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Motherboard/RAM issues with new build

Last response: in Systems
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November 25, 2012 5:46:42 PM

Hello,

I'm having serious issues with a new PC build and posting here in the hope that someone might be able to recommend a solution. In summary, the problem is that the computer works fine with one RAM module installed, but with both installed the operating system fails to boot about 70-80% of the time.

System specs:

- Motherboard: Asus P8Z77-V LX
- Processor: Intel Core i5-3570K
- RAM: Patriot Viper 8GB (2x4GB) DDR3 PC3-12800 1600MHz
- SSD: Samsung 830 Series 256GB
- HDD: Western Digital 1TB Green SATA 6Gb/s 64MB
- DVD-writer: Pioneer DVR-S20L
- Graphics: VTX3D Radeon HD 7850 2GB
- PSU: Corsair CX500
- Case: Xigmatek Asgard Pro
- OS: Windows 7 64-bit Home Premium/ Ubuntu 12.10

Starting from the beginning, I installed just the motherboard, cpu, RAM (in the blue slots A2+B2 as recommended in the mobo manual) and PSU in the case and tried to boot. This failed in the first instance - the computer would power on and off repeatedly. Checked the RAM was seated properly, but still the same. Eventually got into BIOS by removing one of the RAM modules and changed the RAM settings from auto to those specified on the label (1.5V, 1600MHz, 9-9-9-24 timings). Replaced the second RAM module and from this point onwards I have always been able get into BIOS with both RAM modules installed with these settings. Installed the SSD and DVD-drive and checked recognized in BIOS. Everything seemed OK at this point...

...until I installed Windows 7. The installation process succeeded, but when the computer restarted at the end of the installation, boot failed with a BSOD. After several attempts finally managed to get Windows to load, installed the chipset, graphics, etc. drivers from the mobo CD and also all the Windos updates. Despite everything I have tried (details below), nearly every time I try to boot with both RAM modules installed the computer will either freeze, restart itself or encounter a BSOD at the "loading windows" screen. The blue screens are usually "MEMORY_MANAGEMENT", but I have also seen the "BAD_SYSTEM_CONFIG_INFO" and "UNKNOWN_HARD_ERROR" messages, usually after several consecutive boot failures. If I remove one of the RAM modules, it runs perfectly every time.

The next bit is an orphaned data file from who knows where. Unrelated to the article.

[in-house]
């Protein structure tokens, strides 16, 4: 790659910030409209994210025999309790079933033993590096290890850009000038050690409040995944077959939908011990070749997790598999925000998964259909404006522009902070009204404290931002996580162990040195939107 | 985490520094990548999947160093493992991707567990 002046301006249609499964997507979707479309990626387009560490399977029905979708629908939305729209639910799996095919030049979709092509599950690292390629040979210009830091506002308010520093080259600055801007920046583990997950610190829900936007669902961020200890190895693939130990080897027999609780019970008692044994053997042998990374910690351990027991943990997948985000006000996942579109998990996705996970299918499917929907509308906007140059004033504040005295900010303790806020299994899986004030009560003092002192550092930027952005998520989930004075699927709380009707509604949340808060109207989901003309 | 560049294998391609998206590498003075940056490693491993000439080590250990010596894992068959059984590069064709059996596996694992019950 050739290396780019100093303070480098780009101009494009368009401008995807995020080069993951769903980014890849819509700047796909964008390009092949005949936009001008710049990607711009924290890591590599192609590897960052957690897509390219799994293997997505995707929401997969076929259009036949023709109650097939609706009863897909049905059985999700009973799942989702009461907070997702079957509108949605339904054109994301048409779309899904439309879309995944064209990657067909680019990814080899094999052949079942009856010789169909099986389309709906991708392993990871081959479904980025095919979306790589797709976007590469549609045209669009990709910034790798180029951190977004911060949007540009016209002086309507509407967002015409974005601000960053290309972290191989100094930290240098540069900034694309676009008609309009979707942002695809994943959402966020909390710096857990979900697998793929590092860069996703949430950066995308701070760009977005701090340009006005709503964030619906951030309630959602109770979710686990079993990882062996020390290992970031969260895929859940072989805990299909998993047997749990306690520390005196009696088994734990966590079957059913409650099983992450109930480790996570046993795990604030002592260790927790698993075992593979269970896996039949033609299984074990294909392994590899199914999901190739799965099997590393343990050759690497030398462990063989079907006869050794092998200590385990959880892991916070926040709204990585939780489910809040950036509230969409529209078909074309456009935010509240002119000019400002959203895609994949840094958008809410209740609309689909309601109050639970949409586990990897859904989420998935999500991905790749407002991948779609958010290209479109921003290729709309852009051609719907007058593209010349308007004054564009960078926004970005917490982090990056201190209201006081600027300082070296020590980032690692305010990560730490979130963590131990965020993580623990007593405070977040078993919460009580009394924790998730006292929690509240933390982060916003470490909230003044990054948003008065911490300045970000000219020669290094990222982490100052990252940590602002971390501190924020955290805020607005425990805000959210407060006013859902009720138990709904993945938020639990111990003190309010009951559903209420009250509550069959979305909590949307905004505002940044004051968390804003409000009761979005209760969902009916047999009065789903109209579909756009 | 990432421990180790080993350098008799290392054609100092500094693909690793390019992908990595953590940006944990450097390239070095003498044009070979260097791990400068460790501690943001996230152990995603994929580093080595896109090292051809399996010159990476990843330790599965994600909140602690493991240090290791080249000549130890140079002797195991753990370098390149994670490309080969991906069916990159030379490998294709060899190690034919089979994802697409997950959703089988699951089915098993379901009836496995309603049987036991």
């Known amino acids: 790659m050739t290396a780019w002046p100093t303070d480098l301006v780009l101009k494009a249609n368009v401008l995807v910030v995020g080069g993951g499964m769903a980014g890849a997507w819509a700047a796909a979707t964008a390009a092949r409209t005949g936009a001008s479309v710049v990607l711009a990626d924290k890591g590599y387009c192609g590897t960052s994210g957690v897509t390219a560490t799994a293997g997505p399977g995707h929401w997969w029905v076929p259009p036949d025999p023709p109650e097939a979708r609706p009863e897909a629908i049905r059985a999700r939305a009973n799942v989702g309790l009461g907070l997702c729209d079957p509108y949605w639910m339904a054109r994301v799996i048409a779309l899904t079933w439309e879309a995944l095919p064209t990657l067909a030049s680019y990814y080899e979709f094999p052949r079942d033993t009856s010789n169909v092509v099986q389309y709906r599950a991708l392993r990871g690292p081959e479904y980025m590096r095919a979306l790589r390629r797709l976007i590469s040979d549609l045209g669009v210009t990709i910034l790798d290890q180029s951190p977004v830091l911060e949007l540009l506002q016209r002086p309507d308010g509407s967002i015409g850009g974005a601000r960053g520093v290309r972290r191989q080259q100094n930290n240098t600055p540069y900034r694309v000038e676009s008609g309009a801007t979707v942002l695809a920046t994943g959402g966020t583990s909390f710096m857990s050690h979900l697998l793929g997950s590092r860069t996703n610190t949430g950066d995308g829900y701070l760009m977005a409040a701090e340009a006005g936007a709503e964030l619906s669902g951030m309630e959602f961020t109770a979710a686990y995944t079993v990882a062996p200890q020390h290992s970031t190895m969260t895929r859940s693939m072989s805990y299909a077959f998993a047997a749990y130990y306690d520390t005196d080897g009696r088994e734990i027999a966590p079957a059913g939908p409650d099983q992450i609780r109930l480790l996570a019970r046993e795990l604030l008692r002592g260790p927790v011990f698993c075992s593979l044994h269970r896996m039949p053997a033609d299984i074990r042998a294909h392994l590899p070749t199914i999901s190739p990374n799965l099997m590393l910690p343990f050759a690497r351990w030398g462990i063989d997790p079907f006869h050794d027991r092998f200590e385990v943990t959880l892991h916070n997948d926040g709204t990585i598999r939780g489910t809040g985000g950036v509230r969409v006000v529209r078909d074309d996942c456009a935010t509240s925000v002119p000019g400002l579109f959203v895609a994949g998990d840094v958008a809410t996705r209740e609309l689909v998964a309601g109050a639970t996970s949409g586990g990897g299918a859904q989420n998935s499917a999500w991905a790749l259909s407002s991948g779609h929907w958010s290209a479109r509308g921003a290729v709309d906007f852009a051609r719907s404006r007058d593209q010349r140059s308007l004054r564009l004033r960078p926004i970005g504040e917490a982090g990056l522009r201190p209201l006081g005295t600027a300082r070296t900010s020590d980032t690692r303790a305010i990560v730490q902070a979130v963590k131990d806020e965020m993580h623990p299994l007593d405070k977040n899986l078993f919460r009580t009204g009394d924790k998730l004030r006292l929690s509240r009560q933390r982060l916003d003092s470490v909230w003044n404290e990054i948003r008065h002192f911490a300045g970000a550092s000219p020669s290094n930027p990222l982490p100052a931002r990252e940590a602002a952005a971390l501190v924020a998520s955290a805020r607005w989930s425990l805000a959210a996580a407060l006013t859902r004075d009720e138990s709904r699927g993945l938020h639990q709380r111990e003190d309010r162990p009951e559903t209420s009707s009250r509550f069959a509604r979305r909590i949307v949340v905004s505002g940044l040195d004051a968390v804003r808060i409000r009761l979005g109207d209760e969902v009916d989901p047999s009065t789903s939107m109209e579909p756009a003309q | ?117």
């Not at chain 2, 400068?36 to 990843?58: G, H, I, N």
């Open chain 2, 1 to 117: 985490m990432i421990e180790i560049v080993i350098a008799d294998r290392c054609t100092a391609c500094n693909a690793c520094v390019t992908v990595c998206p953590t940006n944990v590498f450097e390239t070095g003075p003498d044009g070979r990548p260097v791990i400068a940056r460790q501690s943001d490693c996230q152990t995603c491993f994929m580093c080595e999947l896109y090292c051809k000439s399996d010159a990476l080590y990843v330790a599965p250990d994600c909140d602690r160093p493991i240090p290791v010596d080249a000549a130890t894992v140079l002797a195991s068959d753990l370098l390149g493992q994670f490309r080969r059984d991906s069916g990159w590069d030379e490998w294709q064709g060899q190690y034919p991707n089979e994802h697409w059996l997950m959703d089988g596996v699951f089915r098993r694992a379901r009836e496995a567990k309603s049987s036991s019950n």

Here are the possible causes I can think of and what I have tried to test them:

1. Dodgy RAM module/slot:
This was the most probable cause that I suspected. Firstly, I tried each individual RAM module in each of the slots in turn. No problems at all. Next, I tried both RAM modules in adjacent slots (A1+A2, B1+B2) and the boot problems returned, exactly the same as using the dual channel configuration (A2+B2). Finally, I spent most of a day running Memtest86+ from a bootable CD on each individual RAM module, then both of them together. Absolutely no errors found!

2. RAM settings in BIOS:
Tried the XMP setting on the AI Tweaker page - as far as I can tell all it changed was the command mode in the timing settings from 2 to 3. Also tried bumping the voltage up to 1.55V and 1.6V, and decreasing the frequency to 1333MHz. No success. Reset the BIOS settings using the jumper, unable to POST using default settings, restored XMP setting.

3. Windows 7-specific or not: